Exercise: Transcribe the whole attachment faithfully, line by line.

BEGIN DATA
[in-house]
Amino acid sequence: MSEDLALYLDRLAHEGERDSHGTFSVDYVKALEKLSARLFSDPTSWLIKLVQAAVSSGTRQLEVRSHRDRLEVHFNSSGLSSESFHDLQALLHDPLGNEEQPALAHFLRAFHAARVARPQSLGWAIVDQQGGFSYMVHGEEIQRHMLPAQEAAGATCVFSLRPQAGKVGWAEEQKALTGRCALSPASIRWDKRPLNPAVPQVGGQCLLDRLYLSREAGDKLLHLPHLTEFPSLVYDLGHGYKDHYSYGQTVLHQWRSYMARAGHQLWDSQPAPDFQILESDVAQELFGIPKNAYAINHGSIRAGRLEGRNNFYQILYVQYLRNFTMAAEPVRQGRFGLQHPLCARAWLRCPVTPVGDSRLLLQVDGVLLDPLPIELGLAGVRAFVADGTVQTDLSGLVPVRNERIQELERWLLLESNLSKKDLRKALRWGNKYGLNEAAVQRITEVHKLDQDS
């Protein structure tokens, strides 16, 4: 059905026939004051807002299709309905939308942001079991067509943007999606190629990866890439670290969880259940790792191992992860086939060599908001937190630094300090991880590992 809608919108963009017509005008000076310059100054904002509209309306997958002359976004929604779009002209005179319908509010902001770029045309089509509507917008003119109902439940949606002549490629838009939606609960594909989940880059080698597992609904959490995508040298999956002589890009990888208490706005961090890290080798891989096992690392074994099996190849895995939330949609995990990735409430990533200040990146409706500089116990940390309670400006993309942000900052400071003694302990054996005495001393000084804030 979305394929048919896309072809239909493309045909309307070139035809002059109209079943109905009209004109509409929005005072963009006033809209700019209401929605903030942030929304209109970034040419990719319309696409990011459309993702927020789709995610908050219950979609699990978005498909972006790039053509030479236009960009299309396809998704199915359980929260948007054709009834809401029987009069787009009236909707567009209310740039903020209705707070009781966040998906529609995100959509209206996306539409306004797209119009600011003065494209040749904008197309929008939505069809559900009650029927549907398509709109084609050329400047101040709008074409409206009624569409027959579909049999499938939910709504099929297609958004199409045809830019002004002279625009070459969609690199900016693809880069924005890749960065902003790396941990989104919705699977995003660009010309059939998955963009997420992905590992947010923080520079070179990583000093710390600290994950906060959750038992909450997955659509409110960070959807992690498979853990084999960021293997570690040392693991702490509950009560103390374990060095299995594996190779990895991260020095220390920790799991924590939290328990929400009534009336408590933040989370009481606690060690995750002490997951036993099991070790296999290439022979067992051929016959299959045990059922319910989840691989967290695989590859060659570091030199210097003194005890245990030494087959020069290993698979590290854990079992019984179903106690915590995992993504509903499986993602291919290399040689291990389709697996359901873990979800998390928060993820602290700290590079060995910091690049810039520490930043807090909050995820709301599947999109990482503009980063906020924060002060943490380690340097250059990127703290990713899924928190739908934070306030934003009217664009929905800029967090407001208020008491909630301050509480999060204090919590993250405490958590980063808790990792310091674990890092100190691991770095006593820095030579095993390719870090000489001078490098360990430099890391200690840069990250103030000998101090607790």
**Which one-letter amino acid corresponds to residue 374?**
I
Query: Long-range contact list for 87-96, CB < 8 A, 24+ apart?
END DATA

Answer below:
[in-house]
Amino acid sequence: MSEDLALYLDRLAHEGERDSHGTFSVDYVKALEKLSARLFSDPTSWLIKLVQAAVSSGTRQLEVRSHRDRLEVHFNSSGLSSESFHDLQALLHDPLGNEEQPALAHFLRAFHAARVARPQSLGWAIVDQQGGFSYMVHGEEIQRHMLPAQEAAGATCVFSLRPQAGKVGWAEEQKALTGRCALSPASIRWDKRPLNPAVPQVGGQCLLDRLYLSREAGDKLLHLPHLTEFPSLVYDLGHGYKDHYSYGQTVLHQWRSYMARAGHQLWDSQPAPDFQILESDVAQELFGIPKNAYAINHGSIRAGRLEGRNNFYQILYVQYLRNFTMAAEPVRQGRFGLQHPLCARAWLRCPVTPVGDSRLLLQVDGVLLDPLPIELGLAGVRAFVADGTVQTDLSGLVPVRNERIQELERWLLLESNLSKKDLRKALRWGNKYGLNEAAVQRITEVHKLDQDS
């Protein structure tokens, strides 16, 4: 059905026939004051807002299709309905939308942001079991067509943007999606190629990866890439670290969880259940790792191992992860086939060599908001937190630094300090991880590992 809608919108963009017509005008000076310059100054904002509209309306997958002359976004929604779009002209005179319908509010902001770029045309089509509507917008003119109902439940949606002549490629838009939606609960594909989940880059080698597992609904959490995508040298999956002589890009990888208490706005961090890290080798891989096992690392074994099996190849895995939330949609995990990735409430990533200040990146409706500089116990940390309670400006993309942000900052400071003694302990054996005495001393000084804030 979305394929048919896309072809239909493309045909309307070139035809002059109209079943109905009209004109509409929005005072963009006033809209700019209401929605903030942030929304209109970034040419990719319309696409990011459309993702927020789709995610908050219950979609699990978005498909972006790039053509030479236009960009299309396809998704199915359980929260948007054709009834809401029987009069787009009236909707567009209310740039903020209705707070009781966040998906529609995100959509209206996306539409306004797209119009600011003065494209040749904008197309929008939505069809559900009650029927549907398509709109084609050329400047101040709008074409409206009624569409027959579909049999499938939910709504099929297609958004199409045809830019002004002279625009070459969609690199900016693809880069924005890749960065902003790396941990989104919705699977995003660009010309059939998955963009997420992905590992947010923080520079070179990583000093710390600290994950906060959750038992909450997955659509409110960070959807992690498979853990084999960021293997570690040392693991702490509950009560103390374990060095299995594996190779990895991260020095220390920790799991924590939290328990929400009534009336408590933040989370009481606690060690995750002490997951036993099991070790296999290439022979067992051929016959299959045990059922319910989840691989967290695989590859060659570091030199210097003194005890245990030494087959020069290993698979590290854990079992019984179903106690915590995992993504509903499986993602291919290399040689291990389709697996359901873990979800998390928060993820602290700290590079060995910091690049810039520490930043807090909050995820709301599947999109990482503009980063906020924060002060943490380690340097250059990127703290990713899924928190739908934070306030934003009217664009929905800029967090407001208020008491909630301050509480999060204090919590993250405490958590980063808790990792310091674990890092100190691991770095006593820095030579095993390719870090000489001078490098360990430099890391200690840069990250103030000998101090607790």
**Which one-letter amino acid corresponds to residue 374?**
I
Query: Long-range contact list for 87-96, CB < 8 A, 24+ apart?